“The fixed idea that we have about ourselves as solid and separate from each other is painfully limiting. It is possible to move through the drama of our lives without believing so earnestly in the character that we play. That we take ourselves so seriously, that we are so absurdly important in our own minds, is a problem for us.”

I feel like I can exhale further after reading that. How liberating to know that I don’t have to take myself so seriously. Rigidity and seriousness do not work for me, yet some days I cling to them tightly.

“In Buddha’s opinion, to train in staying open and curious – to train in dissolving our assumptions and beliefs – is the best use of our human lives… egolessness is a flexible identity. It manifests as inquisitiveness, as adaptability, as humor, as playfulness. It is our capacity to relax with not knowing, not figuring everything out, with not being at all sure about who we are – or who anyone else is either.”

 

Exhale further still.

 

“So it is with all of us. We are certain about who we are and who others are and it blinds us. If another version of reality comes knocking on our door, our fixed ideas keep us from accepting it.”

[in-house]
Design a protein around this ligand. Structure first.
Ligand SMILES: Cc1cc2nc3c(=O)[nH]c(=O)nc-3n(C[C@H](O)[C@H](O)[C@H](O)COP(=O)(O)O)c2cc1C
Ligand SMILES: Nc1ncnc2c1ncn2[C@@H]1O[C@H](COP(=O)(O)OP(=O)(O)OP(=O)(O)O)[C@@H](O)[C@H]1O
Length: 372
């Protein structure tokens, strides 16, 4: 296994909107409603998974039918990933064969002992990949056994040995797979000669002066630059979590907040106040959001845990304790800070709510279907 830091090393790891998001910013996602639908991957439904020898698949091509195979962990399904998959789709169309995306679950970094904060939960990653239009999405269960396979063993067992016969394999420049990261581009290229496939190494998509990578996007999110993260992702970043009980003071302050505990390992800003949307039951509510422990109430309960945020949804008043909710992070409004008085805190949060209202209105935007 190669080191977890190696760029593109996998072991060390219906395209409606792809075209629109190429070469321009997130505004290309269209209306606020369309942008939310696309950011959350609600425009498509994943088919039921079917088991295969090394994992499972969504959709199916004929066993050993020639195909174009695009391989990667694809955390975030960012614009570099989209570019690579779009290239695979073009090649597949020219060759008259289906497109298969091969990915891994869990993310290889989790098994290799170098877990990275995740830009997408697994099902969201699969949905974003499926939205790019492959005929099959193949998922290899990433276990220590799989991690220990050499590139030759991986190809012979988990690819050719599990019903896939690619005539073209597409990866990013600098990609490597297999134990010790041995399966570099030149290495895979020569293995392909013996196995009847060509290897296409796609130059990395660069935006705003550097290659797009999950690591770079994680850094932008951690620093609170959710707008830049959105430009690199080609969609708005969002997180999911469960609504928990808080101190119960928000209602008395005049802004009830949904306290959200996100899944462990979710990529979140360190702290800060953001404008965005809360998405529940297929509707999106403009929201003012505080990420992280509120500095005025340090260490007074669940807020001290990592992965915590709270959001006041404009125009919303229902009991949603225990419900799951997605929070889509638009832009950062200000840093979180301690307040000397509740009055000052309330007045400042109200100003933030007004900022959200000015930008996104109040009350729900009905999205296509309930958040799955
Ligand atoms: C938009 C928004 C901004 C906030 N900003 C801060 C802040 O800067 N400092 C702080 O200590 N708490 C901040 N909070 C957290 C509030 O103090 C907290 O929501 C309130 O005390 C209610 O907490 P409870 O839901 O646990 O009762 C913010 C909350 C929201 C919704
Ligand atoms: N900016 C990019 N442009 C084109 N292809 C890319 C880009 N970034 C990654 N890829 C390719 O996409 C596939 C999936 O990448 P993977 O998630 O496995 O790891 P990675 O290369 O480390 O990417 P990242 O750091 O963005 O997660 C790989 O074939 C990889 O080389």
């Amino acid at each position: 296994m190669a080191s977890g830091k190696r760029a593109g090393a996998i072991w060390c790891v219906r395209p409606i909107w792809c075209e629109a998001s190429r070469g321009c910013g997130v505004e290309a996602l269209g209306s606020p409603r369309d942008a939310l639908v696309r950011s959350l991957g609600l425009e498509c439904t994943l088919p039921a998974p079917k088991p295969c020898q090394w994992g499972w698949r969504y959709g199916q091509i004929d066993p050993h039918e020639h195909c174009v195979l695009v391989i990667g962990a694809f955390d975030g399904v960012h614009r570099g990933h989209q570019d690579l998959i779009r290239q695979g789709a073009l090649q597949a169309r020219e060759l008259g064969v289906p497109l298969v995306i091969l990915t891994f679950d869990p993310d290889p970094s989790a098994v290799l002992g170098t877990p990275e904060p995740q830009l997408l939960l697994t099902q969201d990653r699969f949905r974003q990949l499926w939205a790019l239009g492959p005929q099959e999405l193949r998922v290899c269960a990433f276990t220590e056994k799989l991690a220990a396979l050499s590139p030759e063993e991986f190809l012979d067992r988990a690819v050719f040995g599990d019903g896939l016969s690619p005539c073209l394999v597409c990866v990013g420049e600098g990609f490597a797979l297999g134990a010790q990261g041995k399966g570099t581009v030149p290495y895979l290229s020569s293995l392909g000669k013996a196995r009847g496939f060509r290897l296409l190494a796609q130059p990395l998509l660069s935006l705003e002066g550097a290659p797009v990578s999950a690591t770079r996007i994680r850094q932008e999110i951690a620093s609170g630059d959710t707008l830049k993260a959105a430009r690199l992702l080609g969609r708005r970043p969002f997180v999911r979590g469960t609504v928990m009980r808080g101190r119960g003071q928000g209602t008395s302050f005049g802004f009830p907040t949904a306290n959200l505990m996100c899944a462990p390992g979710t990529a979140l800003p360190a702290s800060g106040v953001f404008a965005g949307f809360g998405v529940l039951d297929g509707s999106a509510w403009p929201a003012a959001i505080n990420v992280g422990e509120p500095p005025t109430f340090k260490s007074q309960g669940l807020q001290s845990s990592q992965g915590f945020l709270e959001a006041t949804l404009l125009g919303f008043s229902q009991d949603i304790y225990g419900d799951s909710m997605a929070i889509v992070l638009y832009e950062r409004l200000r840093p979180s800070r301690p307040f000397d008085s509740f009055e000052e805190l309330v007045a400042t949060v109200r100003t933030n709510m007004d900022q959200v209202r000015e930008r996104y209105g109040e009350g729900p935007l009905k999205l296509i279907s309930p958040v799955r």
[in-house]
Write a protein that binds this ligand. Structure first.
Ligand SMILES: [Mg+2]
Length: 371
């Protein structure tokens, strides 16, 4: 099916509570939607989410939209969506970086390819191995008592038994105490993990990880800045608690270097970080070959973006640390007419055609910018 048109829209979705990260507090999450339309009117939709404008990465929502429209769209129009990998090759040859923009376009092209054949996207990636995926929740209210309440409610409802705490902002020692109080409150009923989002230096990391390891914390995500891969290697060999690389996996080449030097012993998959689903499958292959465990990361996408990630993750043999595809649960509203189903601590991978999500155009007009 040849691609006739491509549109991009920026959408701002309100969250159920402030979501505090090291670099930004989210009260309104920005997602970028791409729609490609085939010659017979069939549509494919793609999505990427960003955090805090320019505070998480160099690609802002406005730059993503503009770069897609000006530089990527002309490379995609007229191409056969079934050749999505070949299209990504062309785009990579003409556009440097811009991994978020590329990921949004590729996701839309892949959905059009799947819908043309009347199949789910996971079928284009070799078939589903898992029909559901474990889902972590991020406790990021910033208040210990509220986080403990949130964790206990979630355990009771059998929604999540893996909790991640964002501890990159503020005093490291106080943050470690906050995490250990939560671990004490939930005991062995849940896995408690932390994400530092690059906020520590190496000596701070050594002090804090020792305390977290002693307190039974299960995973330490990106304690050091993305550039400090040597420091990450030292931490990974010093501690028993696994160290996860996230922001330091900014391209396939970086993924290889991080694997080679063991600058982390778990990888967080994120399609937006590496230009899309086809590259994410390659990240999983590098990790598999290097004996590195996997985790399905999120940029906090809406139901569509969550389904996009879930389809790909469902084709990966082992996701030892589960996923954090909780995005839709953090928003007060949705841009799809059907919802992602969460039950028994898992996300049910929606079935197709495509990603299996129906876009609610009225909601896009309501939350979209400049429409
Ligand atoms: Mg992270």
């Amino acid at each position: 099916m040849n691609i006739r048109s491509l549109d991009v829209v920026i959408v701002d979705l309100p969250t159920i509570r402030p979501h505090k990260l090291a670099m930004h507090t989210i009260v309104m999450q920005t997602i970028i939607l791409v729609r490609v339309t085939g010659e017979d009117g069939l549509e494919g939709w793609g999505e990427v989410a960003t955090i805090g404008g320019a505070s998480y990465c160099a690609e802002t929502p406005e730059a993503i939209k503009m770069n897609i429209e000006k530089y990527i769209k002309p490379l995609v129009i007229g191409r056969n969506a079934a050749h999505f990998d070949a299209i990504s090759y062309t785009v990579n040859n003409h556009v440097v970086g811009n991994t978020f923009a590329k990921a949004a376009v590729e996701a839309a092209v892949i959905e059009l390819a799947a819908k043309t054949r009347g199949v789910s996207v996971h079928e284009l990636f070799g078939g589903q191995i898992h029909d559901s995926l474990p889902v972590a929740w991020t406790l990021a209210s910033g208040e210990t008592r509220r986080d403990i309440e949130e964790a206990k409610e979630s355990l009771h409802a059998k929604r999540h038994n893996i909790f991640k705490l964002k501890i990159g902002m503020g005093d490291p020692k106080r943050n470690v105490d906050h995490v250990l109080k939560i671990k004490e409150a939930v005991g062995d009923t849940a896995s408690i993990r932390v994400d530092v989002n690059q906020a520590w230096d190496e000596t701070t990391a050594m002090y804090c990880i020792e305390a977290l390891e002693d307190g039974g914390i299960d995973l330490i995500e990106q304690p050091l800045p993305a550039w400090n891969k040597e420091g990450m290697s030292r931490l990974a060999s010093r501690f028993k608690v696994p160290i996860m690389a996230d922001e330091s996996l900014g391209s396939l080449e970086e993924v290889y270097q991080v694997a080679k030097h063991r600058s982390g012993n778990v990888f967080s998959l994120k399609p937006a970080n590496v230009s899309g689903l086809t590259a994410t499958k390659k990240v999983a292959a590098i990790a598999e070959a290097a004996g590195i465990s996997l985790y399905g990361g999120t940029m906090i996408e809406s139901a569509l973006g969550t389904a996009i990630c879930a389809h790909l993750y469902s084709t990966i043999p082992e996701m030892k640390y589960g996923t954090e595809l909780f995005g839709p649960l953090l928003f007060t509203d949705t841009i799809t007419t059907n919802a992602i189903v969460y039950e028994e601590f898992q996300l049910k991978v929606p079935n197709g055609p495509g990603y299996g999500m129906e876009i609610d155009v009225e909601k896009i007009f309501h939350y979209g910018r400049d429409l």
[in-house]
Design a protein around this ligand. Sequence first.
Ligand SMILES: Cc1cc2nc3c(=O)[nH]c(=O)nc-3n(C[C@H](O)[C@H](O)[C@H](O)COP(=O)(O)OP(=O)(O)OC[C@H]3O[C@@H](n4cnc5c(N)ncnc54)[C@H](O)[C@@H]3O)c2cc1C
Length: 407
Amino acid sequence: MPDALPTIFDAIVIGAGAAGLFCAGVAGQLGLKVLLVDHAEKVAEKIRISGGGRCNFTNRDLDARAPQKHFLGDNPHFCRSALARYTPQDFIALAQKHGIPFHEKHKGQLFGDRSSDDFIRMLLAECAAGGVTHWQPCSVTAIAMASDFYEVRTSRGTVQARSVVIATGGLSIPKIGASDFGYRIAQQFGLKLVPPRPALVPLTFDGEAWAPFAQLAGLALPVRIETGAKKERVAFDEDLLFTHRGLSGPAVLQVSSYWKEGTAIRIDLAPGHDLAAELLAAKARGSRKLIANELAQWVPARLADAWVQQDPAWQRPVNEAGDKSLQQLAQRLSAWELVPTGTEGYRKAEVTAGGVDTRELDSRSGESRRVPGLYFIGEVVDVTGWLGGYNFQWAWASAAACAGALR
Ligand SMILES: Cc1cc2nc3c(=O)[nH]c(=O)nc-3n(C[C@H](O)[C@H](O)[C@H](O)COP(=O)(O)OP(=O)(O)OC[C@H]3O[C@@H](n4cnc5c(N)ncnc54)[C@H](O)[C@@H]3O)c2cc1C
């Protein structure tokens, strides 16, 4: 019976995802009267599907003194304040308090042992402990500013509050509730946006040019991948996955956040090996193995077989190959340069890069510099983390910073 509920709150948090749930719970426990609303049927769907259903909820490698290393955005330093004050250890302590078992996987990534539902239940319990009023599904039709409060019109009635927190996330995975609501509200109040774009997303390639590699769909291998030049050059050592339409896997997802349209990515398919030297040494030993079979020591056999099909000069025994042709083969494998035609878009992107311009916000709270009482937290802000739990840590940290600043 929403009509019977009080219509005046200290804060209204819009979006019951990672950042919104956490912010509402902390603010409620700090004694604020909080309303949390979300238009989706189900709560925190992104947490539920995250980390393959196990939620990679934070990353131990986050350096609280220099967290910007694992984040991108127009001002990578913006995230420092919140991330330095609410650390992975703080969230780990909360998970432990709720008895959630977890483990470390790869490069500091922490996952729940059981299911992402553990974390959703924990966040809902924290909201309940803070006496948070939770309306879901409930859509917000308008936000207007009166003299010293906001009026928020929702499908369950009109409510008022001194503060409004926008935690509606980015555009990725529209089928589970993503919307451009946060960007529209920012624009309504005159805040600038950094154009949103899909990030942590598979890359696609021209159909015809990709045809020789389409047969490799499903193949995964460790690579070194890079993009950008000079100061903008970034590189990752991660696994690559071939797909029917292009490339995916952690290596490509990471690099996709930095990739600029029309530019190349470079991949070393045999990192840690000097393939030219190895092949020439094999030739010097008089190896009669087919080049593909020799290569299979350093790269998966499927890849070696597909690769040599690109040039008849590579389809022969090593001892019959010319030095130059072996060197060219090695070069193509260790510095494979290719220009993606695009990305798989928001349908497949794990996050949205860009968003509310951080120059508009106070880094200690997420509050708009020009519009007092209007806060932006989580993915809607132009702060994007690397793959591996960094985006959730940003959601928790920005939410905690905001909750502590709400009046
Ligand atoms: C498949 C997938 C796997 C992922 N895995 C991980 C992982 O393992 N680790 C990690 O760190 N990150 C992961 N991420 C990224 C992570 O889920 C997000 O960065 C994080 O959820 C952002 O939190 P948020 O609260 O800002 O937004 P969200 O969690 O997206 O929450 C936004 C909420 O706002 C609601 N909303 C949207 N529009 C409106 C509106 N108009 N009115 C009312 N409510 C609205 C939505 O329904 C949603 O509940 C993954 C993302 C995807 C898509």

How free we are when we recognize this tendency in ourselves, and then let it go. It is this tendency that is our biggest challenge and screams for us to stand up and be warriors.

“When we are escaping the present moment with a habitual reaction, can we recall a slogan that might bring us back? Rather than spinning off, can we let the emotional intensity of that red-hot or ice-cold moment transform us? The pith of slogan practice is to take a warrior’s attitude towards discomfort. It encourages us to ask, ‘How can I practice right now, right on this painful spot, and transform this into the path of awakening?’”

Can we be aware of ourselves when the fear, the anger, the sadness finds us? Can we recognize, and not fall? Can we use the energy of our pain to transform us into more open-hearted, compassionate beings?